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Editor’s Note: I think you’ll thoroughly enjoy Fehmeen’s take on teaching kids PF. It’s humorous and very informative. Thanks, Fehmeen, for sharing!
Five Easy Tips for Teaching Your Children Personal Finance
Me: [On a fresh summer day] Good morning, Mum.
Mum: Consider a ship sailing gently in the vast blue ocean. If all the water were to dry up, the ship would stop sailing. If there were a flood or rough storm, the ship might get damaged and sink. In life, you’re the ship and money is the water.
Me: Can you please make me pancakes for breakfast?
Mum: This is the relationship between money and happiness, dear. You need a certain amount of money to be happy, but greed will lead to thoughtless consumerism and lack of appreciation for what you have, and they are your enemies.
Me: How about you drizzle some honey over them? Thanks.
This story is partially true – not because my mum didn’t share this analogy with me, but because I dislike honey – a lot. She heard this bit of wisdom on the not-so-idiotic box.
My mum and dad not only told me how to spend and save wisely, but also showed me. As role models, parents can do plenty to set their children on the path to financial independence and spiritual well-being. In most cases, children will follow that path, because they are born mimics, and as they grow up, their first frame of references are their parents.
Here are some tried and tested ideas you can add to your family’s culture to improve financial discipline of the entire household.
1. Record and Compare. Each member of the family should record all incomes and expenses, dividing them up in terms of groceries, entertainment, gardening material, food, stationary, gifts, etc. With the intent of empowering each grown-up and kid to control spending habits, sit together to compare notes and trends over the last few months.
Encourage thrift and gently advise against wasteful spending on entertainment and often-expensive-and-always unhealthy junk food.
Avoid saying: ‘You wasted all your money watching movies, dear. I’ll have to disown you after cutting your allowance.’
Instead, consider saying: ‘It seems we spent a lot at the cinema last month. Let’s give it a break for a while and see some movies at home instead.’
2. Saving And Giving To Charity. Set targets for saving and donating small portions of household income and pocket money. Even if you can afford to buy expensive gadgets, toys and furniture right away, consider saving up for them because delayed gratification can help improve self-restraint.
Share with your children any information about donations made to NGOs, free health clinics, or shelters for the homeless, and keep pointing out the merits of giving to charity.
Avoid saying: ‘We don’t have enough money to buy you designer sneakers, dear. Do shut up.’
Consider saying: ‘We sure are lucky to be in a position of ‘giving’ charity instead of ‘accepting’ charity.’
Or say” ‘You’re shoes are a little worn out but there’s nothing wrong with them otherwise. We’ll get a new pair after a few months, and donate yours to the homeless shelter because someone could probably use them for another year or two’.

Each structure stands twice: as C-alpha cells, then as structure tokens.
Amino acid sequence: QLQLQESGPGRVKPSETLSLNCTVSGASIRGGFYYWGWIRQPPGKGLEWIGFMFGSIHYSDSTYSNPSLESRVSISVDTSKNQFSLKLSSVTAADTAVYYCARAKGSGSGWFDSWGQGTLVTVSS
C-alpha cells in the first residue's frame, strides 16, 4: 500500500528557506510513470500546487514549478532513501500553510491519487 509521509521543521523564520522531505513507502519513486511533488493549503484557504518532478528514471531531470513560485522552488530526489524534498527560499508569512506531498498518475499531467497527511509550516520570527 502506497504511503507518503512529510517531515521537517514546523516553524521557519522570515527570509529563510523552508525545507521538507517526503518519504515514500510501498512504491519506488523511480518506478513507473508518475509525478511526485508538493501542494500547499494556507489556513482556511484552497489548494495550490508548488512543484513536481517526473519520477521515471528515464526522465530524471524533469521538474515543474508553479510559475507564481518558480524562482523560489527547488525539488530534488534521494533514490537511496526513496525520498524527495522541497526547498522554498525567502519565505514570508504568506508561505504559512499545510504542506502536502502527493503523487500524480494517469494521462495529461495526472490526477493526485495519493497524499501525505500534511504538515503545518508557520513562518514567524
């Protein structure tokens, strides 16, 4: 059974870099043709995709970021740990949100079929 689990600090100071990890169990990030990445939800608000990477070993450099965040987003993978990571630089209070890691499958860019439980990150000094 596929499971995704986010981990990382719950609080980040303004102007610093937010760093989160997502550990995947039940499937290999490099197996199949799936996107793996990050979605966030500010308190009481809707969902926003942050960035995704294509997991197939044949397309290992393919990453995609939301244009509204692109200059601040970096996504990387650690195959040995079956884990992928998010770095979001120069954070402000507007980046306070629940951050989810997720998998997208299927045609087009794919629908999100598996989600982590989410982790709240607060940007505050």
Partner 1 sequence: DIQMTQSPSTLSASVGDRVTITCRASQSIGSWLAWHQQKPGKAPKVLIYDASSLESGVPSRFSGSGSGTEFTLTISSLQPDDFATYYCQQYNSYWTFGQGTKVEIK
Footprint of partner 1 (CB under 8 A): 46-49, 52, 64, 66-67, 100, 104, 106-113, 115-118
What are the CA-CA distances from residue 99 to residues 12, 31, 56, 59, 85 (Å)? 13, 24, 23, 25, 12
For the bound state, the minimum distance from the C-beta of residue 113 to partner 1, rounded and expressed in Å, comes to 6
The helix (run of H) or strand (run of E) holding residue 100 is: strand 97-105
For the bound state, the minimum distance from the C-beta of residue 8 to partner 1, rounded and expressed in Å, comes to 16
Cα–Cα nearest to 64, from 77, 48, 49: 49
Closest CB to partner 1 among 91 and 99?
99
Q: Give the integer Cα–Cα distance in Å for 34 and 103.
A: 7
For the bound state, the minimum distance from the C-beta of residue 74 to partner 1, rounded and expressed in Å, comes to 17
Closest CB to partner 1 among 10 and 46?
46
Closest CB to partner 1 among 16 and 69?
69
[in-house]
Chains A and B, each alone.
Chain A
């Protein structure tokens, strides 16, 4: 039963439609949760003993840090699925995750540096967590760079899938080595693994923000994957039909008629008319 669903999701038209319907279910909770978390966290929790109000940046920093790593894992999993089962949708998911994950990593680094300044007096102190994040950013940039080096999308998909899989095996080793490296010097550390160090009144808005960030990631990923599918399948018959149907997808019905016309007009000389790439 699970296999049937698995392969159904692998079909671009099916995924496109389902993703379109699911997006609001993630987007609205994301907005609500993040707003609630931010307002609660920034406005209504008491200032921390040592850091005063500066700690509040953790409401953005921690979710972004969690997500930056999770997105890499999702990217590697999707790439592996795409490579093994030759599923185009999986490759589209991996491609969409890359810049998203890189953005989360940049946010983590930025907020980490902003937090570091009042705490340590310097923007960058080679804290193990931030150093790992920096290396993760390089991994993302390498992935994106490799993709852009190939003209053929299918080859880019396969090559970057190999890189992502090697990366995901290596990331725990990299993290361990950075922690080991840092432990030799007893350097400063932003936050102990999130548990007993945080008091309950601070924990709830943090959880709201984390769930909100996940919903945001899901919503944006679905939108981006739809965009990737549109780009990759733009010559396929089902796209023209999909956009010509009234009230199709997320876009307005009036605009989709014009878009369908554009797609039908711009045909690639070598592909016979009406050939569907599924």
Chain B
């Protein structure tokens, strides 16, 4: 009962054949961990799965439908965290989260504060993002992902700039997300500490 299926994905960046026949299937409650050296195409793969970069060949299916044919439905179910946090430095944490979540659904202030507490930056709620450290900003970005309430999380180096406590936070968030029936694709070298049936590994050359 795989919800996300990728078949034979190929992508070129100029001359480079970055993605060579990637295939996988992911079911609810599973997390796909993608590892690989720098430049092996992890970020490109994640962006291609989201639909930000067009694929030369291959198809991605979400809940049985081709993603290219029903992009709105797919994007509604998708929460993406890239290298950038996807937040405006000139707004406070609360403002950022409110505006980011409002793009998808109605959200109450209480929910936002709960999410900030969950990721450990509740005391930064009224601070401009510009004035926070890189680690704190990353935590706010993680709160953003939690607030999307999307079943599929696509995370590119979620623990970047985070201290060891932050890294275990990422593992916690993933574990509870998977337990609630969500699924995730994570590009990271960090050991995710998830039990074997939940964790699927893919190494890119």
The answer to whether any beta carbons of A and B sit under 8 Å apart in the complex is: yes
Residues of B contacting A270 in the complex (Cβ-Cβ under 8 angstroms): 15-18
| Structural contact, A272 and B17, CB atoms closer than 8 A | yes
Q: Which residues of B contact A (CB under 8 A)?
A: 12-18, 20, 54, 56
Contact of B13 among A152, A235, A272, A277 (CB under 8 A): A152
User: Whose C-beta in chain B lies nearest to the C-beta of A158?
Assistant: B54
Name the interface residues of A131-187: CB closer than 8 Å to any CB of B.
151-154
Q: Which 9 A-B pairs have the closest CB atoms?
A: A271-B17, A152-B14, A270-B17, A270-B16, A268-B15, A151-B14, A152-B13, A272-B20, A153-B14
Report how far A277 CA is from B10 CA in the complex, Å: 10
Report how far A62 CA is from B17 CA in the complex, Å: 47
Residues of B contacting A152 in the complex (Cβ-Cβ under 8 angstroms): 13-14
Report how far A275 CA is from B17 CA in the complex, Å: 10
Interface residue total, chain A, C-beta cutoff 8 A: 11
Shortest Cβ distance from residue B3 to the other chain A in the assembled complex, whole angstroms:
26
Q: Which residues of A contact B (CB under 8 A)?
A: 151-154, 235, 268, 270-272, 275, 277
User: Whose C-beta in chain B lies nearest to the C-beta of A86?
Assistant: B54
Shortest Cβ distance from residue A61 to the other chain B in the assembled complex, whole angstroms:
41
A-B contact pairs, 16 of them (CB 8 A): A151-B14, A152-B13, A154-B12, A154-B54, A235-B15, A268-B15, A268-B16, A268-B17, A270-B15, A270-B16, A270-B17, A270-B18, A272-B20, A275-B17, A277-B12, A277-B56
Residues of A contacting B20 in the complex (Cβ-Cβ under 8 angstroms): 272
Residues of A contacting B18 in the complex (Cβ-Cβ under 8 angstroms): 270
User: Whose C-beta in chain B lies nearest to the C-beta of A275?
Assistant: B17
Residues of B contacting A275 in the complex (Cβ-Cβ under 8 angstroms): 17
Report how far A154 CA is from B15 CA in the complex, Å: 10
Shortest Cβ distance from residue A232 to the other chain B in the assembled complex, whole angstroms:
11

3. Don’t Shop Till You Drop. Impulsive buyers often shop without a list and end up over-spending. Make monthly shopping lists for ‘mum & dad’ and ‘kids’ (include groceries, junk food, candy, drinks, fashion accessories, room decorations, etc.) and take your children to the store to give them an idea of how the household is budgeted.
With the sole intent of window shopping, visit toy stores with your children and let them browse the collection to their hearts content. Any requests for purchases should be met with gentle yet firm reminders about the purpose of the visit.
Avoid saying: ‘Will your wish list ever end? I can’t afford to keep you in my house anymore. Good bye!’
Consider saying: ‘We’re just here to have a look around. You have plenty of toys waiting to play with you at home.’
4. Spiritual Guidance. Use references from your religion to teach your family about thrift and wasteful extravagance. All belief systems praise humility, hard work and gratitude for one’s assets, regardless of their shortage or abundance – correct me if I’m wrong – because these qualities are related to spiritual success. And as artless as it sounds, our life’s aim is to be happy.
5. Penny-Wise and Not Pound-Foolish Either. We all compare prices for products and services we buy – it’s natural to want to get a good discount. But we often forget to encourage our children to do the same. While at the mall, give your children a budget and allow them to buy anything, as long as it fits within the range.
Avoid saying: ‘Why do you always pick the priciest item? Even you’re not worth that much!’
Consider saying: ‘I think this teddy bear cost a few dollars less at that other store. You could use that money for something else or give it to the homeless man we saw earlier; he’ll be really happy.’
Or say: ‘I’m sorry dear, you’ll have to put back one item because you’re spending more than what you have. Maybe buy it next time.’
And make sure you follow the same principle when shopping for personal items. Communicate with your children about your buying decisions and sacrifices.
If you didn’t buy something you liked, tell them, ‘That green bracelet sure was pretty but I’ll wait a few months for the price to come down. It’s just not sensible to spend that much on a bracelet.’
It’s easy to see that empathetic communication must accompany leading by example. Eventually, you will direct your children away from ungracious indulgence and towards prudent buying behavior, and while that won’t guarantee your kids a great life, it will go a long way to achieve that end.